[cap-talk] membrane challenge - an Attack!
David Chizmadia (JHU)
chiz at cs.jhu.edu
Thu Nov 18 03:51:35 EST 2004
This discussion of membranes has felt "odd" for several
messages: I think I can finally articulate why, now.
I think that the problem is that I disagree with the
perspective on who is using the membrane. I've been
modeling the membrane as a mechanism by which a server
is able to distribute revocable capabilities (of pretty
much either type) to potential users of its service.
That is, the server sets up the membrane between itself
and a user community so that if that community abuses
the capability, the server need only destroy the membrane
to server contact with that user community. Under this
model, it is in the server's interest to ensure that
authorities to the service are fully confined via the
Somewhere along the line, the sense of the membrane
pattern has been inverted into being a way to confine a
user of services. Given the assumption of a decentralized
protection system, this seems like a completely wrong use
of the membrane pattern (as I understand it). Involuntary
use of the membrane will lead to attempts to bypass the
membrane, which Jed has shown to be feasible.
I look forward to being educated about the flaws in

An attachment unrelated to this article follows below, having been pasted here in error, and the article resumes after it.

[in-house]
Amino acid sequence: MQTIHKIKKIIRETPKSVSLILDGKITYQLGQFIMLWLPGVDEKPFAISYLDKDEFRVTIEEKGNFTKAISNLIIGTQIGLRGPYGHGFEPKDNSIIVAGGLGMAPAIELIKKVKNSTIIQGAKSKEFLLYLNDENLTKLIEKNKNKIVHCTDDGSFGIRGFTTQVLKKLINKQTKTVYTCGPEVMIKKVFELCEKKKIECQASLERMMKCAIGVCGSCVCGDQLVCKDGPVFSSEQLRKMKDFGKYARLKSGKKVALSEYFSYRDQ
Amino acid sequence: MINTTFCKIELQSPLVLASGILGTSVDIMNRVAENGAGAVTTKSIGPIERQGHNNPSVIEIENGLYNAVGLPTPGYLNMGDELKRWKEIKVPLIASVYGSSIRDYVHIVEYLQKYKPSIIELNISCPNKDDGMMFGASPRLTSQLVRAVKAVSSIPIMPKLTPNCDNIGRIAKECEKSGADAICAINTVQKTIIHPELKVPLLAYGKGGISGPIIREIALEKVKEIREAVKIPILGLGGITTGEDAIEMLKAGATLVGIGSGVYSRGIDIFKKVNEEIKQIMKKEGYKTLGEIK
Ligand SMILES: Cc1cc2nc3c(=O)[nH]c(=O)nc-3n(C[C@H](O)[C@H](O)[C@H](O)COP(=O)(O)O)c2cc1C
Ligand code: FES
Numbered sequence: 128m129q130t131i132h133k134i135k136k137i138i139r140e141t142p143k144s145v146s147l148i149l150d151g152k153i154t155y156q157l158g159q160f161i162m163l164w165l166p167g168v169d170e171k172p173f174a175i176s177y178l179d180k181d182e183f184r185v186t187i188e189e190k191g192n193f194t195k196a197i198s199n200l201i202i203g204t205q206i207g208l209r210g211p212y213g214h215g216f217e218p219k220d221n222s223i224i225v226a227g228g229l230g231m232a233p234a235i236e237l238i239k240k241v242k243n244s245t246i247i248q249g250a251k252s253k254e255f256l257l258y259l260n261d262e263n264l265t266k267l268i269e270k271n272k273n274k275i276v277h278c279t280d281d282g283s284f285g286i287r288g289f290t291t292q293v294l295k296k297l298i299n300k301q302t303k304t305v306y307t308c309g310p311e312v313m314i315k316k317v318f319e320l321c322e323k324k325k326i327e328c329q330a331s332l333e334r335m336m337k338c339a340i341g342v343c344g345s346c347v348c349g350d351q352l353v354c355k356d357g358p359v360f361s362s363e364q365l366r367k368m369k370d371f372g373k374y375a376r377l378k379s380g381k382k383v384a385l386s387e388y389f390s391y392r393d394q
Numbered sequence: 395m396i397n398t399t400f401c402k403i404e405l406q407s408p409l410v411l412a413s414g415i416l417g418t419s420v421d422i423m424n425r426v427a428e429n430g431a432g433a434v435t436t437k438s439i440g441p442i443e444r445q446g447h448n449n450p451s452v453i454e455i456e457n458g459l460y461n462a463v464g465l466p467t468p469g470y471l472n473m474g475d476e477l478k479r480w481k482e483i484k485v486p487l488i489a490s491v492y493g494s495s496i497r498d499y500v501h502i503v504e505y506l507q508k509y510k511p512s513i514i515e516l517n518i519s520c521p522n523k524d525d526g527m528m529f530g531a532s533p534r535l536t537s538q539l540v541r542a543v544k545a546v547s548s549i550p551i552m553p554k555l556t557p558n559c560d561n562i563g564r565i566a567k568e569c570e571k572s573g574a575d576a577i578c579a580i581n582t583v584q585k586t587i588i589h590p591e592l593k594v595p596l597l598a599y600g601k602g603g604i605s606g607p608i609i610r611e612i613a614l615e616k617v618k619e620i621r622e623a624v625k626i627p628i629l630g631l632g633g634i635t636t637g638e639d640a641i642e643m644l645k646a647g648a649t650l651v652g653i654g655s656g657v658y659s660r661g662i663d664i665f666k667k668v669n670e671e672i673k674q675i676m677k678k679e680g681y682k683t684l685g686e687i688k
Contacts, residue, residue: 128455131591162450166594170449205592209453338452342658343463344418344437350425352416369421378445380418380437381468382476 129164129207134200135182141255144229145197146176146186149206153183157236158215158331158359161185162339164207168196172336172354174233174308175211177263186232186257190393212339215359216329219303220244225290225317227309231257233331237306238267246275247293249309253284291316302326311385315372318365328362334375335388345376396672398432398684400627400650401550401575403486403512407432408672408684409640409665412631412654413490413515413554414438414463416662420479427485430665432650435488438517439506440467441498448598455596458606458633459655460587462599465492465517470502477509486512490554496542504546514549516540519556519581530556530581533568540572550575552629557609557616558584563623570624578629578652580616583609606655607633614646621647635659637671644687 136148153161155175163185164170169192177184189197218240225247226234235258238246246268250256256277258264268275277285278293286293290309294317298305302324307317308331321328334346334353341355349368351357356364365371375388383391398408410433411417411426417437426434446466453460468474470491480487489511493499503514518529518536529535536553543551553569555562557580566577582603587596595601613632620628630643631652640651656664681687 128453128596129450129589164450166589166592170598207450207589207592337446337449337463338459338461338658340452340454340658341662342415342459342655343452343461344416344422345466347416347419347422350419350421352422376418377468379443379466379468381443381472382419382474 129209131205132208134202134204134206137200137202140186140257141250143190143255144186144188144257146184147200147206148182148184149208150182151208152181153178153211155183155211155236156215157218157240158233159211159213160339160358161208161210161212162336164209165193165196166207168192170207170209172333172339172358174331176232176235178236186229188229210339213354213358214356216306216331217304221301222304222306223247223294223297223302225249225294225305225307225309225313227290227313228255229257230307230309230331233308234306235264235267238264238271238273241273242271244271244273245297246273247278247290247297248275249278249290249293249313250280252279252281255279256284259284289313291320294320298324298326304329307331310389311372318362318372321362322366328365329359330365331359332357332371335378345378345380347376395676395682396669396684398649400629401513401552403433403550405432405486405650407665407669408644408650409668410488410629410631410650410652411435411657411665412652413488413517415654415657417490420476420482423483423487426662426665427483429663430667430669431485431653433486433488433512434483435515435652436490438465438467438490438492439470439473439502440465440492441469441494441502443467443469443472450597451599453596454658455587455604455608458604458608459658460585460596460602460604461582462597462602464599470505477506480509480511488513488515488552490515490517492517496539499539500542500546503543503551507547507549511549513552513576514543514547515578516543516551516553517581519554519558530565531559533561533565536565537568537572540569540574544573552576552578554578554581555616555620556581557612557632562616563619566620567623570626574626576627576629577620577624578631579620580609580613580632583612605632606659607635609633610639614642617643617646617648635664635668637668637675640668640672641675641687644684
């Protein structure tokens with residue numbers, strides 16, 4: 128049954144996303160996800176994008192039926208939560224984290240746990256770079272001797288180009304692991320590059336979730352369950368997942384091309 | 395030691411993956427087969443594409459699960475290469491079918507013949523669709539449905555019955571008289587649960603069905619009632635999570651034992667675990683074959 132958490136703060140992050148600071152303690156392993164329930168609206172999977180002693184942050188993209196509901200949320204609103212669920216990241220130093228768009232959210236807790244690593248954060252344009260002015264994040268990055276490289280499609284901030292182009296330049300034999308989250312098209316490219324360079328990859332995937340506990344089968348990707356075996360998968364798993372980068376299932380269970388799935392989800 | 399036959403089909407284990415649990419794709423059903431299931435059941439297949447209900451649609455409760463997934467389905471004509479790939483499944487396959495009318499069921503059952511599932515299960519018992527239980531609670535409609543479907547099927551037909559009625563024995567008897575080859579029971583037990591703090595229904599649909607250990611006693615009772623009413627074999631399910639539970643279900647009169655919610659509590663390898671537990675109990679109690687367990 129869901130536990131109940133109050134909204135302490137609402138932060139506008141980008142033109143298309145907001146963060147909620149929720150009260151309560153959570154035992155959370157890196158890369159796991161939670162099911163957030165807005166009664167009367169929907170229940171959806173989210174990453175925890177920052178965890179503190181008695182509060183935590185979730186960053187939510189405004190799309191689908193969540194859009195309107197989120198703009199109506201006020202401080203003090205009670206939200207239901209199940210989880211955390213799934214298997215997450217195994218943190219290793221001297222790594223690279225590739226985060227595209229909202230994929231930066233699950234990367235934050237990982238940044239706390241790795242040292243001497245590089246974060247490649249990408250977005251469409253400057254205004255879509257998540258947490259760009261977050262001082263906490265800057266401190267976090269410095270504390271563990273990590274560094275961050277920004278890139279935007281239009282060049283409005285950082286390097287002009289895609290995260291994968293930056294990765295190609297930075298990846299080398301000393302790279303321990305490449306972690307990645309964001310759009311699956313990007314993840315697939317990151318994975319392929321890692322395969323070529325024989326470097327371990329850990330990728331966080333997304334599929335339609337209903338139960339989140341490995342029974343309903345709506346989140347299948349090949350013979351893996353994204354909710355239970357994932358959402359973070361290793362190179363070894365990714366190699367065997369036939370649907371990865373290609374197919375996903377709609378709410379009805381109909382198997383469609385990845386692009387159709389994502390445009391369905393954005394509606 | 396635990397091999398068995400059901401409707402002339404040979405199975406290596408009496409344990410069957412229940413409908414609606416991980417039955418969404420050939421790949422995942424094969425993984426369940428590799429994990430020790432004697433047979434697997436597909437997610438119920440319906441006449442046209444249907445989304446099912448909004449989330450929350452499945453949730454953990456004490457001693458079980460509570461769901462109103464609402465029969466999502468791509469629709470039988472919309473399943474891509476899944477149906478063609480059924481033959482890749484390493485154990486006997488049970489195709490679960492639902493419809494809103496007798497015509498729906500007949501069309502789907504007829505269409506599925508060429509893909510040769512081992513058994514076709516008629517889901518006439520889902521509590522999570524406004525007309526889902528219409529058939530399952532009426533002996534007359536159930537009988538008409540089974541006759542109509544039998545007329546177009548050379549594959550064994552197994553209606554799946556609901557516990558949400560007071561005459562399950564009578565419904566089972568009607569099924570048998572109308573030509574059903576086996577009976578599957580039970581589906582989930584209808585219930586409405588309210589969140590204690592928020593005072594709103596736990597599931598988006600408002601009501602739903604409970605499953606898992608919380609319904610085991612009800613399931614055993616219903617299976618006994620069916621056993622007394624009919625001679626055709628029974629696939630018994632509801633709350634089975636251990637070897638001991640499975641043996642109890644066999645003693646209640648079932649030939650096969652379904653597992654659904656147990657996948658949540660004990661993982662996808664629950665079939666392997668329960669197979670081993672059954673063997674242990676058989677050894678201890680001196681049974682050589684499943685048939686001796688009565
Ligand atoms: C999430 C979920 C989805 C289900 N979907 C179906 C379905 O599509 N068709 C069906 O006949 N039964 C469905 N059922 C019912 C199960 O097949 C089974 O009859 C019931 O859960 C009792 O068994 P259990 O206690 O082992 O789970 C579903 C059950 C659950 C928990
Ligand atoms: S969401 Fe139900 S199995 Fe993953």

my reasoning ;-)
----- Original Message -----
From: "David Wagner" <daw at cs.berkeley.edu>
To: <cap-talk at mail.eros-os.org>
Sent: Wednesday, November 17, 2004 8:40 PM
Subject: [cap-talk] membrane challenge - an Attack!
> Jed writes:
> >It also seems to suggest
> >something about the way people are thinking about communicating
> >revocable rights. That is the thinking seems to be not in terms
> >communication to mutually suspicious processes but instead to
> >processes that are otherwise constrained - e.g. they can't have
> >other rights (such as SN) and perhaps even must be effectively
> >confined. That is very far from what I understood the membrane
> >concept to mean, so I'd like to reach consensus on that topic.
> Sure. This was always my thinking. (No guarantees that my
> thinking has been in any way sane, of course.)
> To be more precise, if you want to place Jim in a membrane, I
> you have to do at least three things:
> 1) You have to confine Jim.
> 2) You have to make sure Jim doesn't have access to any
> that aren't mediated by the membrane (or somehow cooperating with
> membrane to enforce the membrane's security goals).
> 3) You have to make sure that Jim doesn't have access to any
> channels that can convey capabilities and that aren't mediated by
> membrane (or cooperating with the membrane).
> Usually, condition 3 is a special case of condition 2, though if
> is implemented on top of a password capability system it may not
> I don't see why this is so terrible. And, even if it were
> I don't see why that fact would be relevant; it just seems like an
> inevitable consequence of the nature of membranes, one that we
> accept no matter how terrible or wonderful it may feel.
> Then again, I have to admit I'm a little skeptical about the
> relevance of membranes -- they are very pretty in theory, but I'm
> how often one can actually use them in a real system, or how often
> would want to.
> Caveat (again): I'm very fuzzy on the concept of membranes,
> so hey, maybe my thinking has always been way off.
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